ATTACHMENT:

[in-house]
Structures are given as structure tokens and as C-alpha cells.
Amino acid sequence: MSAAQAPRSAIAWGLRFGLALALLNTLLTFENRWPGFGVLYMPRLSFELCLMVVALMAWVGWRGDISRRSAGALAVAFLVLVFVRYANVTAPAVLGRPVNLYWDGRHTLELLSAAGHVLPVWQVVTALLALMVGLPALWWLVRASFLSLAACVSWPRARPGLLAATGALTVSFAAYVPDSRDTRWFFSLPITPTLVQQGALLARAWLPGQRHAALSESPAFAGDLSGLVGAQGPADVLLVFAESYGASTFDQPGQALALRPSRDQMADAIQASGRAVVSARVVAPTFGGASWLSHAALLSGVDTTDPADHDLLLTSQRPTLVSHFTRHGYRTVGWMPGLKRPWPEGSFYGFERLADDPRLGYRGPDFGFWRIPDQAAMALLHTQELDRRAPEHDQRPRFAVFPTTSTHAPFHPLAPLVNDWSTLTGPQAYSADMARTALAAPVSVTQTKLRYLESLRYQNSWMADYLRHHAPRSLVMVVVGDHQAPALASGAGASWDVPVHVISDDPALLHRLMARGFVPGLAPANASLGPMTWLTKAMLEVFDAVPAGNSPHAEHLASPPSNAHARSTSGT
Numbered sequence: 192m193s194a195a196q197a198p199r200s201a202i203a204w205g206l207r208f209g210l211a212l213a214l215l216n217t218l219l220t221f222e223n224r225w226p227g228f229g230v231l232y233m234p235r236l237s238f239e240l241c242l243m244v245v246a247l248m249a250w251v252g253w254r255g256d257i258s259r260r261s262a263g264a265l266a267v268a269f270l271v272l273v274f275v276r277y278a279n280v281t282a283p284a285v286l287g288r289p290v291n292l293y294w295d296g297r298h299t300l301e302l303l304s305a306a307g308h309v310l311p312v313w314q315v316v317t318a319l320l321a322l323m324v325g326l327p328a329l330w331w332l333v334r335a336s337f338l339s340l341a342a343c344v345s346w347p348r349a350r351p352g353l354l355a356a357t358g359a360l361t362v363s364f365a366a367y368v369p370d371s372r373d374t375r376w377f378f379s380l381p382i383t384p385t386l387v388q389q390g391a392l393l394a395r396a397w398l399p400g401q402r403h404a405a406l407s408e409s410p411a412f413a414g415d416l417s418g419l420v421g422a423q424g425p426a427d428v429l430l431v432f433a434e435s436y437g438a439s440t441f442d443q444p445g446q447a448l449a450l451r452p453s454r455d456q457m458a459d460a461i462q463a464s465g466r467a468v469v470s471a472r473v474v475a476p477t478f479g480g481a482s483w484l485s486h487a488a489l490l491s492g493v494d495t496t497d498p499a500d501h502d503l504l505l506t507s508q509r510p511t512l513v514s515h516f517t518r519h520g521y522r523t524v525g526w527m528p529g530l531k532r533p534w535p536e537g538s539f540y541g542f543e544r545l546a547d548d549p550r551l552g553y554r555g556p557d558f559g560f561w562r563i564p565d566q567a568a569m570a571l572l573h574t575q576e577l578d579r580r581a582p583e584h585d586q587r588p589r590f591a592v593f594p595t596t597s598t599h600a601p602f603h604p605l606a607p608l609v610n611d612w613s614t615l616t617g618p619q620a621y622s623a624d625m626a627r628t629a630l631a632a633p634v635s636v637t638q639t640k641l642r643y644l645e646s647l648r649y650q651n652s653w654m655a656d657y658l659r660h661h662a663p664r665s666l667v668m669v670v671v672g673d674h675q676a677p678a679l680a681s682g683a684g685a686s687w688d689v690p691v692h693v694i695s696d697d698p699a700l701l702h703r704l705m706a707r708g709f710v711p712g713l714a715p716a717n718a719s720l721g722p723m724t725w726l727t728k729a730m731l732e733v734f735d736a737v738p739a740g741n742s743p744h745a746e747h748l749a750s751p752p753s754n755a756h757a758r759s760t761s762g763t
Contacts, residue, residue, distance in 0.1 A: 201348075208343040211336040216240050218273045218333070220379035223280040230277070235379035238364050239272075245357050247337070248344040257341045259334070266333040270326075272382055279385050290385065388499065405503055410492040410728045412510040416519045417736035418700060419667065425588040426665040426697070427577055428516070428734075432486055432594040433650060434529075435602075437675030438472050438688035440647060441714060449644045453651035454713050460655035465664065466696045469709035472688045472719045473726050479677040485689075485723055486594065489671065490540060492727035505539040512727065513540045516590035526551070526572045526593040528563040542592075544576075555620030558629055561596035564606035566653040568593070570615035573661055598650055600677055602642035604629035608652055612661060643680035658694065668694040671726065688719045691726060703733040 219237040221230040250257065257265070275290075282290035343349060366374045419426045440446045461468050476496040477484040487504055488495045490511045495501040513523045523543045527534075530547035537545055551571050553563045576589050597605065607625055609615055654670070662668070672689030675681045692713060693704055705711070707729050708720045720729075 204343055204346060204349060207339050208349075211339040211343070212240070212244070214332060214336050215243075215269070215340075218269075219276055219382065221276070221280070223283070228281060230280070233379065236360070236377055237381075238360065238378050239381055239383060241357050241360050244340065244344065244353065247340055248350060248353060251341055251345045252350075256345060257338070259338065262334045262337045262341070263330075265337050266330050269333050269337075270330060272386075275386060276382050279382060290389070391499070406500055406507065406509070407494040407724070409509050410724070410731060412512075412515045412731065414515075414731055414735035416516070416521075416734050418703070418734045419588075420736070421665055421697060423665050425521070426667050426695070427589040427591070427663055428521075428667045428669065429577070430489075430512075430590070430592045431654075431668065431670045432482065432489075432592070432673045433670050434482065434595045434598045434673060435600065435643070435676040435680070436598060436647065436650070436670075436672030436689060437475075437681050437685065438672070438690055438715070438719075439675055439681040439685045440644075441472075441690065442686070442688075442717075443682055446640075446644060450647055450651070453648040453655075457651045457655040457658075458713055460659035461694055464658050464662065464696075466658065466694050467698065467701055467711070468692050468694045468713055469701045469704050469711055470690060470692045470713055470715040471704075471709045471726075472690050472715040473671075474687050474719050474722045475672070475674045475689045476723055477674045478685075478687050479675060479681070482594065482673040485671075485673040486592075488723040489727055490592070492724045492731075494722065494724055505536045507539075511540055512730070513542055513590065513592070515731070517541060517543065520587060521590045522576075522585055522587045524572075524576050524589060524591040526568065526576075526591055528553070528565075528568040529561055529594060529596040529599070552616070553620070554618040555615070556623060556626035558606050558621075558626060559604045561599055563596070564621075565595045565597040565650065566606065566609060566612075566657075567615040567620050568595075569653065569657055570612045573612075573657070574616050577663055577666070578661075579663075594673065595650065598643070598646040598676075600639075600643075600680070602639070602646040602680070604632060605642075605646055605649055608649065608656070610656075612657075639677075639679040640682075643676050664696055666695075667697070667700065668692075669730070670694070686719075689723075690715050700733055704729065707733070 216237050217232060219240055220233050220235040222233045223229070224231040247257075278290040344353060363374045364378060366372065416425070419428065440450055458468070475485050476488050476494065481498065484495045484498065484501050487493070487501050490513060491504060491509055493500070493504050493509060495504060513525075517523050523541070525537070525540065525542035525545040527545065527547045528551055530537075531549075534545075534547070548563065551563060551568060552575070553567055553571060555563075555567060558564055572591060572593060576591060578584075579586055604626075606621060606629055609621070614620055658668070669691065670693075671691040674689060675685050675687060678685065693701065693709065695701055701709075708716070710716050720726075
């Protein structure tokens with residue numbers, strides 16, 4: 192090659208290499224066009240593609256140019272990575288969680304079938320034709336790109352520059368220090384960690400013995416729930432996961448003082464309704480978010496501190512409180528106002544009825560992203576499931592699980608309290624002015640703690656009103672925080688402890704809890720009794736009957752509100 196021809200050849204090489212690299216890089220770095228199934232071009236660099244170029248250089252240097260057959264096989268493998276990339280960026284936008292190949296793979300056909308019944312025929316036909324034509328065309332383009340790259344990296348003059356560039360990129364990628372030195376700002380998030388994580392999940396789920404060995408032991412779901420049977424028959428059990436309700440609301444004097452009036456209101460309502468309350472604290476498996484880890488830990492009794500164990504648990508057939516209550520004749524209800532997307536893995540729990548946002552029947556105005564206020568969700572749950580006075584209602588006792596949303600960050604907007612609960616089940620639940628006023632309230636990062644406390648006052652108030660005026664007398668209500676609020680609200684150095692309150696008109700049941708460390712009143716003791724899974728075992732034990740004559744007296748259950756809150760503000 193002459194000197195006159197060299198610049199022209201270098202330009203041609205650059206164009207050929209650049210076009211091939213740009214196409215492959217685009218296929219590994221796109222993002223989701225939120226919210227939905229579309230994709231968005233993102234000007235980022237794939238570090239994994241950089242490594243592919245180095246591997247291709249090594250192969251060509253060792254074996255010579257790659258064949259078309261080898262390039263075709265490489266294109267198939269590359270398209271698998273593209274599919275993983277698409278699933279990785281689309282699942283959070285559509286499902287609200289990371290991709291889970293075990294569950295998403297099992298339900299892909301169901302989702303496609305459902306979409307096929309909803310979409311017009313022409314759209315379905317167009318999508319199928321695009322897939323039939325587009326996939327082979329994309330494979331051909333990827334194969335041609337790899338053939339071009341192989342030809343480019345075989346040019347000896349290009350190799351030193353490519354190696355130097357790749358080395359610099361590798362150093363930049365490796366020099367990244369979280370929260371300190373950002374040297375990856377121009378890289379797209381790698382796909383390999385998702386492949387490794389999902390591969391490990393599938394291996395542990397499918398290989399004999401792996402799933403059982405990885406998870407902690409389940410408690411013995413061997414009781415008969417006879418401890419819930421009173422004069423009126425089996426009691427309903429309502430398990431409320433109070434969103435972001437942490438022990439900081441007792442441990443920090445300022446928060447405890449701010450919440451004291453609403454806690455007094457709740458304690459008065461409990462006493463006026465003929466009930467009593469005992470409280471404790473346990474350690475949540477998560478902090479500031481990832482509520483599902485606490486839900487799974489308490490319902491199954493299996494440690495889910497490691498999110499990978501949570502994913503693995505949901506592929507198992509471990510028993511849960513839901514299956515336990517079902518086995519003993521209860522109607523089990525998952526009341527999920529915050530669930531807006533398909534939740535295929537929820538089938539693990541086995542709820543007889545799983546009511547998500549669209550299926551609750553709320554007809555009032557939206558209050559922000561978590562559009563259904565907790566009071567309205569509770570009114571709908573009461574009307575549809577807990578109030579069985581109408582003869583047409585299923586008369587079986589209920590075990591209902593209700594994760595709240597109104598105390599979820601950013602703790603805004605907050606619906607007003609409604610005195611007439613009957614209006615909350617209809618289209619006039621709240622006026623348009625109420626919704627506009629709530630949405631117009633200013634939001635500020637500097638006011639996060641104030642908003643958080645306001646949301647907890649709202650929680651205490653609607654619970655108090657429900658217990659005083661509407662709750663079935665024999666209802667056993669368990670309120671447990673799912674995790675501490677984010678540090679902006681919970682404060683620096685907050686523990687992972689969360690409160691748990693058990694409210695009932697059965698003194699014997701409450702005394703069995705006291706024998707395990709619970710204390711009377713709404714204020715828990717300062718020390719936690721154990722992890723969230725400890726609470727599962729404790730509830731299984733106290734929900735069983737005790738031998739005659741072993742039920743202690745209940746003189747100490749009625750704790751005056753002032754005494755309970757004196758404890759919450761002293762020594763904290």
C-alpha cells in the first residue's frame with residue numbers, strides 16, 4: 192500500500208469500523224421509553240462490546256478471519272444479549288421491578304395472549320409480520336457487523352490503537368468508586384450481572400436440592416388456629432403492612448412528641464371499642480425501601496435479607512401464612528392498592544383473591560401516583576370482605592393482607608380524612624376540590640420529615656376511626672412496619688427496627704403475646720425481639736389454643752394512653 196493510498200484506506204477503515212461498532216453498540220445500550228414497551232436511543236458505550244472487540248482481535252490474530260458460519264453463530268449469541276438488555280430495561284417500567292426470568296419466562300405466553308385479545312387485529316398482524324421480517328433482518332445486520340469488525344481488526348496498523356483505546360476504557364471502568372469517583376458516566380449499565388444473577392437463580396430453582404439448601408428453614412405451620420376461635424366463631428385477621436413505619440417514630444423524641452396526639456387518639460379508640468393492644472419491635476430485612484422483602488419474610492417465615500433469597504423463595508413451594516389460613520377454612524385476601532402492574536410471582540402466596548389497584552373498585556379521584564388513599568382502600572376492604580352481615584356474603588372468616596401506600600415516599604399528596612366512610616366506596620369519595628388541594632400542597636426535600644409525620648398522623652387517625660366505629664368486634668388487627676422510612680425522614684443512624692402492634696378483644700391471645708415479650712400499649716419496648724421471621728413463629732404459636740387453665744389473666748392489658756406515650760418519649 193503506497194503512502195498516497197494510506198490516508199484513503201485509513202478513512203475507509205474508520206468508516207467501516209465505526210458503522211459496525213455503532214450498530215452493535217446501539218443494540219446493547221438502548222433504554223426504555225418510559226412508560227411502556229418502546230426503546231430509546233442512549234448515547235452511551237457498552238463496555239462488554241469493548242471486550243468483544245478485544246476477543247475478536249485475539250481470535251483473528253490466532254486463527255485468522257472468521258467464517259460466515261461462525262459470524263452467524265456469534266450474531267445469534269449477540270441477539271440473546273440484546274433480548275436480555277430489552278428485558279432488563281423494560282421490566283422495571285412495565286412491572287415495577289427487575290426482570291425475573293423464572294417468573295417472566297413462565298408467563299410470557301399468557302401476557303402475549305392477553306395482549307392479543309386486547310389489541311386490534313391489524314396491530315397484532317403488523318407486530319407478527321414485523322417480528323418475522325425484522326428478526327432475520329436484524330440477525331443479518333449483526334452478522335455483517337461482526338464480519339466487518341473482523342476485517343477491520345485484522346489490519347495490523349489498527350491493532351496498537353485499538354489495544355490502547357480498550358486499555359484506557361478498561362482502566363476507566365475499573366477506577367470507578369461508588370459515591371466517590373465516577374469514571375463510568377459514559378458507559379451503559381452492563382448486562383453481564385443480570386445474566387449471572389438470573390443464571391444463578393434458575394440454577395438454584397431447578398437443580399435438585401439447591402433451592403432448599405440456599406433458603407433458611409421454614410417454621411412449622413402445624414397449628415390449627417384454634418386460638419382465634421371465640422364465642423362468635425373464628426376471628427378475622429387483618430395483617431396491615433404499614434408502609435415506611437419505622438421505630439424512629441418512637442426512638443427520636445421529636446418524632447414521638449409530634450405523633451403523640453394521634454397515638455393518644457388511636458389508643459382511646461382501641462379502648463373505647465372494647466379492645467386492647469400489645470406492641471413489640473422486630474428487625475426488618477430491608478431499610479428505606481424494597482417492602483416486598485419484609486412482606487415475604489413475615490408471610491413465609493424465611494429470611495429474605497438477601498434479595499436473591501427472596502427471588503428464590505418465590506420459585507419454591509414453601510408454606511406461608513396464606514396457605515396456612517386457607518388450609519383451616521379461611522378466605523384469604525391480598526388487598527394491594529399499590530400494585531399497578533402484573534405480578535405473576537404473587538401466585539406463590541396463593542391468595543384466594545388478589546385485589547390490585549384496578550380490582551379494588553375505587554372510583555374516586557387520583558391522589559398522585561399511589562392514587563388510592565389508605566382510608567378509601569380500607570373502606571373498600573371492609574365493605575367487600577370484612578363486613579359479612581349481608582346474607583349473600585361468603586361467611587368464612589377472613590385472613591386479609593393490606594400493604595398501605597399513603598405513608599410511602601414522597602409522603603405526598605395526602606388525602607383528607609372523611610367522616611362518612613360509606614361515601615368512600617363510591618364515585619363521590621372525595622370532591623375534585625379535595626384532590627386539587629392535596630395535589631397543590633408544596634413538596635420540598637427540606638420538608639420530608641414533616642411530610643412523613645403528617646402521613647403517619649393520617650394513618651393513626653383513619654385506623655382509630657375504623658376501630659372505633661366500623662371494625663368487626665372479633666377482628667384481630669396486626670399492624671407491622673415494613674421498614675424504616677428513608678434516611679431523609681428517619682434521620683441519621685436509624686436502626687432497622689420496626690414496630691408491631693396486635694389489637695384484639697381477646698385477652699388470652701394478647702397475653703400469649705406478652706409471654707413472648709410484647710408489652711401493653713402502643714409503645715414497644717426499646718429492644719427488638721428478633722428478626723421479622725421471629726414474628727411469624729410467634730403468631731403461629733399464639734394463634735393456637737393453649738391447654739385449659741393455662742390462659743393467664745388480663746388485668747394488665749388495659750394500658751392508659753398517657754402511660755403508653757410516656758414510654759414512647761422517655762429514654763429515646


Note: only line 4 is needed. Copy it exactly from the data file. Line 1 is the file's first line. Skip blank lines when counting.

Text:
Numbered sequence: 192m193s194a195a196q197a198p199r200s201a202i203a204w205g206l207r208f209g210l211a212l213a214l215l216n217t218l219l220t221f222e223n224r225w226p227g228f229g230v231l232y233m234p235r236l237s238f239e240l241c242l243m244v245v246a247l248m249a250w251v252g253w254r255g256d257i258s259r260r261s262a263g264a265l266a267v268a269f270l271v272l273v274f275v276r277y278a279n280v281t282a283p284a285v286l287g288r289p290v291n292l293y294w295d296g297r298h299t300l301e302l303l304s305a306a307g308h309v310l311p312v313w314q315v316v317t318a319l320l321a322l323m324v325g326l327p328a329l330w331w332l333v334r335a336s337f338l339s340l341a342a343c344v345s346w347p348r349a350r351p352g353l354l355a356a357t358g359a360l361t362v363s364f365a366a367y368v369p370d371s372r373d374t375r376w377f378f379s380l381p382i383t384p385t386l387v388q389q390g391a392l393l394a395r396a397w398l399p400g401q402r403h404a405a406l407s408e409s410p411a412f413a414g415d416l417s418g419l420v421g422a423q424g425p426a427d428v429l430l431v432f433a434e435s436y437g438a439s440t441f442d443q444p445g446q447a448l449a450l451r452p453s454r455d456q457m458a459d460a461i462q463a464s465g466r467a468v469v470s471a472r473v474v475a476p477t478f479g480g481a482s483w484l485s486h487a488a489l490l491s492g493v494d495t496t497d498p499a500d501h502d503l504l505l506t507s508q509r510p511t512l513v514s515h516f517t518r519h520g521y522r523t524v525g526w527m528p529g530l531k532r533p534w535p536e537g538s539f540y541g542f543e544r545l546a547d548d549p550r551l552g553y554r555g556p557d558f559g560f561w562r563i564p565d566q567a568a569m570a571l572l573h574t575q576e577l578d579r580r581a582p583e584h585d586q587r588p589r590f591a592v593f594p595t596t597s598t599h600a601p602f603h604p605l606a607p608l609v610n611d612w613s614t615l616t617g618p619q620a621y622s623a624d625m626a627r628t629a630l631a632a633p634v635s636v637t638q639t640k641l642r643y644l645e646s647l648r649y650q651n652s653w654m655a656d657y658l659r660h661h662a663p664r665s666l667v668m669v670v671v672g673d674h675q676a677p678a679l680a681s682g683a684g685a686s687w688d689v690p691v692h693v694i695s696d697d698p699a700l701l702h703r704l705m706a707r708g709f710v711p712g713l714a715p716a717n718a719s720l721g722p723m724t725w726l727t728k729a730m731l732e733v734f735d736a737v738p739a740g741n742s743p744h745a746e747h748l749a750s751p752p753s754n755a756h757a758r759s760t761s762g763t